Campaigners have called for an arbitration system to be established to settle the Icesave debt row, as Iceland's voters go to the polls on whether to accept British and Dutch repayment terms tomorrow (6 March).
Jubilee Debt Campaign believe a 'no' vote in Iceland should prompt a radical shake-up in the way international debt is handled, which would mean that debts are not used as a justification for creditors forcing unjust measures onto debtor countries.
Campaigners believe that a new way of dealing with debt would not only help ensure stability in Europe, but would transform the potential of developing countries currently burdened by unjust and unpayable debts and assist their fight against poverty.
A 'no' vote is expected in tomorrow's referendum which could lead to the financial isolation of Iceland, for instance, risking loans from the International Monetary Fund as well as Iceland's financial rating.
Campaigners argue that this is a clear example of how the international lending system tends to turn a deficit into a crisis by laying the full responsibility for debt on the debtor.
Together with the absence of insolvency procedures for sovereign states, indebted countries have no protection from unpayable or unjust debts and can be forced to repay irresponsible loans, at high rates of interest, even if basic services to its citizens are neglected.
The anti-poverty campaigners point to parallels with developing countries falling foul of an international lending system promoting one-sided, undemocratic decisions which have caused poverty and injustice across the world. They say that countries are right to state that their first duty is to ensure the human rights of their own citizens, and that this must be enshrined in a more formal mechanism to work out international debt.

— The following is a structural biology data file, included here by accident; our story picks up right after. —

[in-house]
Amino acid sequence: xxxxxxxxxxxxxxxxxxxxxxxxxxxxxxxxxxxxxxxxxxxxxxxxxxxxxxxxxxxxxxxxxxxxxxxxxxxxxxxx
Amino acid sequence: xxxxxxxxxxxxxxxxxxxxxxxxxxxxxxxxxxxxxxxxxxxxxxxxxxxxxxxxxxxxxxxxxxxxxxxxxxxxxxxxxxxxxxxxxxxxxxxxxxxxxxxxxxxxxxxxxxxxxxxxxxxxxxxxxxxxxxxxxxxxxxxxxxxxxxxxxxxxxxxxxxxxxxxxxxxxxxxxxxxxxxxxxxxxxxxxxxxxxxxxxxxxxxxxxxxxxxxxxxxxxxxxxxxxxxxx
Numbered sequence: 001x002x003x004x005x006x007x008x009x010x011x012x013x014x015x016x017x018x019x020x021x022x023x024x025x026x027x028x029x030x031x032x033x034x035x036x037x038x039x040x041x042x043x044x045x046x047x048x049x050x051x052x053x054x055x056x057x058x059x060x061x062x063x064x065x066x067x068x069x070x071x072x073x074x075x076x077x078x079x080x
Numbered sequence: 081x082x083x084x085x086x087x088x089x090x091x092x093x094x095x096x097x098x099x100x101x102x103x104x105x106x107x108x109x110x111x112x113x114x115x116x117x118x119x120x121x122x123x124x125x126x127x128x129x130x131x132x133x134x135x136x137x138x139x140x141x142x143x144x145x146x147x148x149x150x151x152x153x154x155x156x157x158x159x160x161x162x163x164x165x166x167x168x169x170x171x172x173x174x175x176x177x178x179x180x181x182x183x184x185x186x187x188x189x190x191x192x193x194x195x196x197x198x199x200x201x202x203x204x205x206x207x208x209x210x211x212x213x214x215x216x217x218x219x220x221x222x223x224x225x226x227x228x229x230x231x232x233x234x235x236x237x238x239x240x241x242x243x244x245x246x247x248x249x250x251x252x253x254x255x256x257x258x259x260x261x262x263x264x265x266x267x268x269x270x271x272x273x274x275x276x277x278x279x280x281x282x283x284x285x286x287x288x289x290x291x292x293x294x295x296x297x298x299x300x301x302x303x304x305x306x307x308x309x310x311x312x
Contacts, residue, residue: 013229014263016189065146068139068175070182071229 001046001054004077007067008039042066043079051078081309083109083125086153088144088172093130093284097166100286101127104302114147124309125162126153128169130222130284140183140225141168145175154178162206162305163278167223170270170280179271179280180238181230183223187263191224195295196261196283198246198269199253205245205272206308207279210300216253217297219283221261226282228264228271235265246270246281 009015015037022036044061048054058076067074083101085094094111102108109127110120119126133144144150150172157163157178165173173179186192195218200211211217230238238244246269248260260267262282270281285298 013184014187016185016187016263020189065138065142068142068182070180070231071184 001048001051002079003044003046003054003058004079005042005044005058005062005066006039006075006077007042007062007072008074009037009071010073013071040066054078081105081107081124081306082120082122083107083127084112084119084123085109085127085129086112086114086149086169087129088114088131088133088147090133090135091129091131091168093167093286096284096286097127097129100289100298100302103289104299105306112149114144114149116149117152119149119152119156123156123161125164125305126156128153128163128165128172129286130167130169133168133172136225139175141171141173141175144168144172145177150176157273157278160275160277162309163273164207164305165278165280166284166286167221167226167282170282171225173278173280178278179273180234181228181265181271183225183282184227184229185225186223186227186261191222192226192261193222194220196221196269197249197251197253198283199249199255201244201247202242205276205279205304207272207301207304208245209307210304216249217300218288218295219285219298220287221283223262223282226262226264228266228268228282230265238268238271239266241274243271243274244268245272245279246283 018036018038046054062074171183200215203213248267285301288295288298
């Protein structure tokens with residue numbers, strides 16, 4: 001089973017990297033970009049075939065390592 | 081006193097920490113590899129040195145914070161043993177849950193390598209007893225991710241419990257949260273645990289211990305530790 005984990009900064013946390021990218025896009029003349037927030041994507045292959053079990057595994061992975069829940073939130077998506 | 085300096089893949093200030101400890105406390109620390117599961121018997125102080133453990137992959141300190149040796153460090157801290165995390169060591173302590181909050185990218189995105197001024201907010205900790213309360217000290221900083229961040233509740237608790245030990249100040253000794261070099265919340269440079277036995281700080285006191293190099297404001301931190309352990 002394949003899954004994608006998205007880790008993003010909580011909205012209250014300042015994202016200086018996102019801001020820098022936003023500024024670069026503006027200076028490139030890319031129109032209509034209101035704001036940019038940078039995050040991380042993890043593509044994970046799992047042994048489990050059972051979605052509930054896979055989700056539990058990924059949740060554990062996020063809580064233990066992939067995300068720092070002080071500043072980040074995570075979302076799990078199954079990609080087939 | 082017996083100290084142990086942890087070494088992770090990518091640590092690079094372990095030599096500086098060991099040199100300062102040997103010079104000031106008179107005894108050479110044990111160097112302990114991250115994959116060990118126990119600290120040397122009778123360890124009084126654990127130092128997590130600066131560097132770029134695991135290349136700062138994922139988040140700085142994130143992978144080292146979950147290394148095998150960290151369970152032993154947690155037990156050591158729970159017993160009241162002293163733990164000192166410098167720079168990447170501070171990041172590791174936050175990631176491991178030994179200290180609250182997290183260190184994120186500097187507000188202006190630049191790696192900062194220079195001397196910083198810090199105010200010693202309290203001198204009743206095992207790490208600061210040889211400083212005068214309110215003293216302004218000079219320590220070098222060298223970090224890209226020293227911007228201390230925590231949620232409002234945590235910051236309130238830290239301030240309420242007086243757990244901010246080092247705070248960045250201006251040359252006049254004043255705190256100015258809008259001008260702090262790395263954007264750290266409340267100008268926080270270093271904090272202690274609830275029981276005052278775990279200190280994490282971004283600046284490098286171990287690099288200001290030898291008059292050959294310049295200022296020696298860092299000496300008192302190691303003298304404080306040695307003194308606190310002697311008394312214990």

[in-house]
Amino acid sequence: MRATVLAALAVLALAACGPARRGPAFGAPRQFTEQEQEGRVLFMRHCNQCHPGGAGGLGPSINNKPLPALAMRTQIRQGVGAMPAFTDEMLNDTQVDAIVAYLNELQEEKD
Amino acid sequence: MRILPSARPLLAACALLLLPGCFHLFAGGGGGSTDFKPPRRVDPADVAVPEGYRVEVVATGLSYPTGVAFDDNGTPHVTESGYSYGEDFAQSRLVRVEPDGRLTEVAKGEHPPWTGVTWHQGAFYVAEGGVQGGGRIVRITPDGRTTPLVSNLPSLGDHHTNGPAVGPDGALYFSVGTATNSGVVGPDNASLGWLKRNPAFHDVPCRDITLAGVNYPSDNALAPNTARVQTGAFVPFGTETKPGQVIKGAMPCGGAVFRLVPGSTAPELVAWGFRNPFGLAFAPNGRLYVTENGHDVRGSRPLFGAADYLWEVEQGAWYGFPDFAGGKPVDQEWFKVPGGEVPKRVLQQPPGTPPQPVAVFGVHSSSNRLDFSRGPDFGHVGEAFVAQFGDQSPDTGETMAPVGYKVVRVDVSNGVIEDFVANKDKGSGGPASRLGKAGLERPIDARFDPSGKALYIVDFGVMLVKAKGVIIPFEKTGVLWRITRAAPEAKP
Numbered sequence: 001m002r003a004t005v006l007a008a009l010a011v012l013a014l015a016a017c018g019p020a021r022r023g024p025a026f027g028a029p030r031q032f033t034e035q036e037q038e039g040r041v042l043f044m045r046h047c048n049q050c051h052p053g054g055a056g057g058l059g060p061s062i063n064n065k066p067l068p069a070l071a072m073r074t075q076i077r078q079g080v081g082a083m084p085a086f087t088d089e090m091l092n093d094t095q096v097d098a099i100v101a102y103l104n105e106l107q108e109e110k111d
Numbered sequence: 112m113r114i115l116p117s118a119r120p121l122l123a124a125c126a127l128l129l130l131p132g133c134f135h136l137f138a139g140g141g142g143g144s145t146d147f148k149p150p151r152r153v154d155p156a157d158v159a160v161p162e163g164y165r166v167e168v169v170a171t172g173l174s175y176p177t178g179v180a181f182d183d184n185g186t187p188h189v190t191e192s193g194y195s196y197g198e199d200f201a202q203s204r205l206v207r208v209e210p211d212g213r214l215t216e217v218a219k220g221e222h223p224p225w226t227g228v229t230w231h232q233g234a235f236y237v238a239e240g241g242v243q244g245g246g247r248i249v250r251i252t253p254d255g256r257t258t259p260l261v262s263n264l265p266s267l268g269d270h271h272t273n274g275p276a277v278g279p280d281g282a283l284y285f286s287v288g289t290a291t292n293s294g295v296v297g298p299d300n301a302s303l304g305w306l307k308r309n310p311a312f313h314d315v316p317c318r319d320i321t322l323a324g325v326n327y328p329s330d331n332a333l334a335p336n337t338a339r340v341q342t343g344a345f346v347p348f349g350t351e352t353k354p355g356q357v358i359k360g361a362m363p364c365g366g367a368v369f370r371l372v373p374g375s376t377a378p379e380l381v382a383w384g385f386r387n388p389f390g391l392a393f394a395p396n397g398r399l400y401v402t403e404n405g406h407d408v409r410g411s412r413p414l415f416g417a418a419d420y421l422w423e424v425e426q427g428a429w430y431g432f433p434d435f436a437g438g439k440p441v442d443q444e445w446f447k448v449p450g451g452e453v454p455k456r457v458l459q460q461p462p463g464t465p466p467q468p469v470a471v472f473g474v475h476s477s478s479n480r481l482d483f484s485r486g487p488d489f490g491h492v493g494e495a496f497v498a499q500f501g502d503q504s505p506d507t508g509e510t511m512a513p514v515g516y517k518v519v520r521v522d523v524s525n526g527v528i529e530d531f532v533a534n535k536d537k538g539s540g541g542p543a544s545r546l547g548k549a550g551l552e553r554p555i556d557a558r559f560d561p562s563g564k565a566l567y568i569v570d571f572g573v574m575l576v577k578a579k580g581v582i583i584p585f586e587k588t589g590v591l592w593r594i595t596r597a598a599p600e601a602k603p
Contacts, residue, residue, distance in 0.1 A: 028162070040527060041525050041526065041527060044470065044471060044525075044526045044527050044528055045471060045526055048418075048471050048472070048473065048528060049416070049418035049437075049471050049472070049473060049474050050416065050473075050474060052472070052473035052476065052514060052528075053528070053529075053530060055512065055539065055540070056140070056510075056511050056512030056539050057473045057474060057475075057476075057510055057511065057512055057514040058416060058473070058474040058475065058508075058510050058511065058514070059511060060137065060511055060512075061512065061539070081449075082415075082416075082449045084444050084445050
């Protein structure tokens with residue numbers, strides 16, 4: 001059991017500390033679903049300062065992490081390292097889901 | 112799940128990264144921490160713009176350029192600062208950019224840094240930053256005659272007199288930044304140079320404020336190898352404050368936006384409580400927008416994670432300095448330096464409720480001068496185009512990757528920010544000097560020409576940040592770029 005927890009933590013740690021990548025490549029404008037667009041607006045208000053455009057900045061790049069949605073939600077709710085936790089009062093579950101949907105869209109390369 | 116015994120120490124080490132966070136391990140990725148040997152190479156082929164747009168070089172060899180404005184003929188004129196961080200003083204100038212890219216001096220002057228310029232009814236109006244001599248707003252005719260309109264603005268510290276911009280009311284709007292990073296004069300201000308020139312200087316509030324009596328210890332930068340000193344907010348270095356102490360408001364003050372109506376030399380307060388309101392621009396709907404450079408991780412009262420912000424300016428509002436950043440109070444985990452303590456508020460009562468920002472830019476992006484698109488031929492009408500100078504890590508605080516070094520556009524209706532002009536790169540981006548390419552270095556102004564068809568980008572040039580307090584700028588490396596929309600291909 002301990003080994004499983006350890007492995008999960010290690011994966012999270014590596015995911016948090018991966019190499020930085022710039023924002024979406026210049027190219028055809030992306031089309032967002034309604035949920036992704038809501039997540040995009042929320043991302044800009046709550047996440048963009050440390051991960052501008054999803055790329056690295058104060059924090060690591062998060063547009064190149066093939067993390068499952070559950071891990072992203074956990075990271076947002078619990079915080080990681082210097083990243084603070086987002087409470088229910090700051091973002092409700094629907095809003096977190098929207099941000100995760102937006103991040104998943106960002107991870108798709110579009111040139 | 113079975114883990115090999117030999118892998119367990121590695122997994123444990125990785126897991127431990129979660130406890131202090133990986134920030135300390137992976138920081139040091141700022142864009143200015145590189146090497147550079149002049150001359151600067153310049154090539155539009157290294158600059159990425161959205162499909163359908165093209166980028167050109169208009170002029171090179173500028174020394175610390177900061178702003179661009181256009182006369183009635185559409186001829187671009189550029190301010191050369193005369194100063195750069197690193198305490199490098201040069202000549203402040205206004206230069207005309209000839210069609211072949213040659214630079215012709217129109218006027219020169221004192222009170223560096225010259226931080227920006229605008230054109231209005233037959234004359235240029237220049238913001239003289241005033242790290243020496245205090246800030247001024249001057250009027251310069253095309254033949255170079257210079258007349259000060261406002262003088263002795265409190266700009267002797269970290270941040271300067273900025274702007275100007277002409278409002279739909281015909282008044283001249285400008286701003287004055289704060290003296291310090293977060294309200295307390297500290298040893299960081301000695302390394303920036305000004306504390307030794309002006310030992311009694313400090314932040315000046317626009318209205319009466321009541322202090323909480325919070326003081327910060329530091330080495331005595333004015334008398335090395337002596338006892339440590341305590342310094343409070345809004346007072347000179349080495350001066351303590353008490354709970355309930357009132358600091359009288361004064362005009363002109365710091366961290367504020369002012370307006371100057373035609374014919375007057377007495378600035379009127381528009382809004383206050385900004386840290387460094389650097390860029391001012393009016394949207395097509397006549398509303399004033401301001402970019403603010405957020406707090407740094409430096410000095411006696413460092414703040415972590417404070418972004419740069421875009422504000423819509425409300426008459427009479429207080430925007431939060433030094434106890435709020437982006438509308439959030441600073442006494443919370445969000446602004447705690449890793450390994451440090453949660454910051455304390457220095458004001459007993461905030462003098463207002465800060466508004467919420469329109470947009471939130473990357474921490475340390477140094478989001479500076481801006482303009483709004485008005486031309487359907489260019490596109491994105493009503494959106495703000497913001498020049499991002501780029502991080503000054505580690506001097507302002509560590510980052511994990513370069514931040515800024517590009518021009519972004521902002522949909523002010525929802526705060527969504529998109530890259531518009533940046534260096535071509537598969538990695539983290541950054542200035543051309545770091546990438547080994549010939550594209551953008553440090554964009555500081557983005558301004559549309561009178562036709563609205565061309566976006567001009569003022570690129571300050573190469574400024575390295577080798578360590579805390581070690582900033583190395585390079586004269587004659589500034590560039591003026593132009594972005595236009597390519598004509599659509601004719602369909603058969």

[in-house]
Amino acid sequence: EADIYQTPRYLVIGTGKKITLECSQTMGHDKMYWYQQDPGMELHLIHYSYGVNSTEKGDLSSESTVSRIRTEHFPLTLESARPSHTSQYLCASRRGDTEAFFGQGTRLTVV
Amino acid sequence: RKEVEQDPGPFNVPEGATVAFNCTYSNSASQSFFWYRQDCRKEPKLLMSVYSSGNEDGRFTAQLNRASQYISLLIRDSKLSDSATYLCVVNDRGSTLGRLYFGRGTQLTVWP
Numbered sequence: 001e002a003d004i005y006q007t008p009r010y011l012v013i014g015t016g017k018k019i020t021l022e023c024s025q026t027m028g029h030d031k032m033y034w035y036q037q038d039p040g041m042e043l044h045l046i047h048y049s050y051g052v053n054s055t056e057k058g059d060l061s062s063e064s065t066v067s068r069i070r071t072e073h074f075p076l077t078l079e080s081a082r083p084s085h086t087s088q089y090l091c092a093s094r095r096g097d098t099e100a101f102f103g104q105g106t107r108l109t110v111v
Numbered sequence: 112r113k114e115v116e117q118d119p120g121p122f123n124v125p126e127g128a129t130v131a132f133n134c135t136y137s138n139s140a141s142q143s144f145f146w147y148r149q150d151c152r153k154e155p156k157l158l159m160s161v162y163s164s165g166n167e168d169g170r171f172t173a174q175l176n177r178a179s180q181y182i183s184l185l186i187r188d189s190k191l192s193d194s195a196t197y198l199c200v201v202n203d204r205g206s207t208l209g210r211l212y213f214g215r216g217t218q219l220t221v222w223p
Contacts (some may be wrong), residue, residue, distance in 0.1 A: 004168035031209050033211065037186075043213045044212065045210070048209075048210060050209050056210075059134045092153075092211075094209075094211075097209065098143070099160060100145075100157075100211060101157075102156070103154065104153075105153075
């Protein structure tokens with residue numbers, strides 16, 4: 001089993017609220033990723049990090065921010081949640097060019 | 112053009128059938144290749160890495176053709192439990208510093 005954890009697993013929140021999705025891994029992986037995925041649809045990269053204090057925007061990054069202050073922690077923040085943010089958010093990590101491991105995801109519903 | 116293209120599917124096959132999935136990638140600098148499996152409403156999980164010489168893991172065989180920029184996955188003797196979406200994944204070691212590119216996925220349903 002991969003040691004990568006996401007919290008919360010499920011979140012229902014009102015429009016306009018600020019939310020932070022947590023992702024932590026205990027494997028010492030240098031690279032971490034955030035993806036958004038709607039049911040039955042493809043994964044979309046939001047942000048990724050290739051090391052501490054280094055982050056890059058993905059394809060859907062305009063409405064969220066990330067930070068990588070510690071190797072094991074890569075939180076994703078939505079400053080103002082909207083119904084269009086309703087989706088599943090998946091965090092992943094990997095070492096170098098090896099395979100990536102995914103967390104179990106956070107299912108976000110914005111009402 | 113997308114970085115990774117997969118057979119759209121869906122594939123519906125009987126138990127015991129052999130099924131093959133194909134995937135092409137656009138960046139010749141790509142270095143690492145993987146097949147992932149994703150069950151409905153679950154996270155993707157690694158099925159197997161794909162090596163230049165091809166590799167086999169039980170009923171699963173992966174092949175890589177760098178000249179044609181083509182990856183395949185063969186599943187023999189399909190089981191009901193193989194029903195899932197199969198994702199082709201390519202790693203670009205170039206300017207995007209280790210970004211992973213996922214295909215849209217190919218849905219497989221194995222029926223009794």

Nick Dearden, Director of Jubilee Debt Campaign said: "Debt has been used at an international level to impoverish some and enrich others throughout history. Now that it's happening on our doorstep, let's try to learn the lessons.
"No-one is saying Iceland should not pay anything back, but it takes two sides to create a debt, and both sides must share responsibility when things go wrong. The current system only blames the borrower country - allowing lenders to squeeze the last drop of blood out of their debtors, whatever impact that has on the people who live in the debtor country. Around the world, many countries still pay far more on servicing unjust debts than they do on health or education for their own people.
"We are proposing a new way of dealing with debt - a 'debt tribunal' - which would ensure that countries are not forced to pay debts which compromise their citizens' human rights, or debts based on unjust lending. In Iceland, as elsewhere, the responsibility for toxic debt lies with the domestic and international financial sector and a total failure on all sides to regulate in the interests of ordinary people. A 'debt tribunal' would ensure that people would not be forced to pay the price for the recklessness of bankers and provide a strong incentive for responsible lending in the future."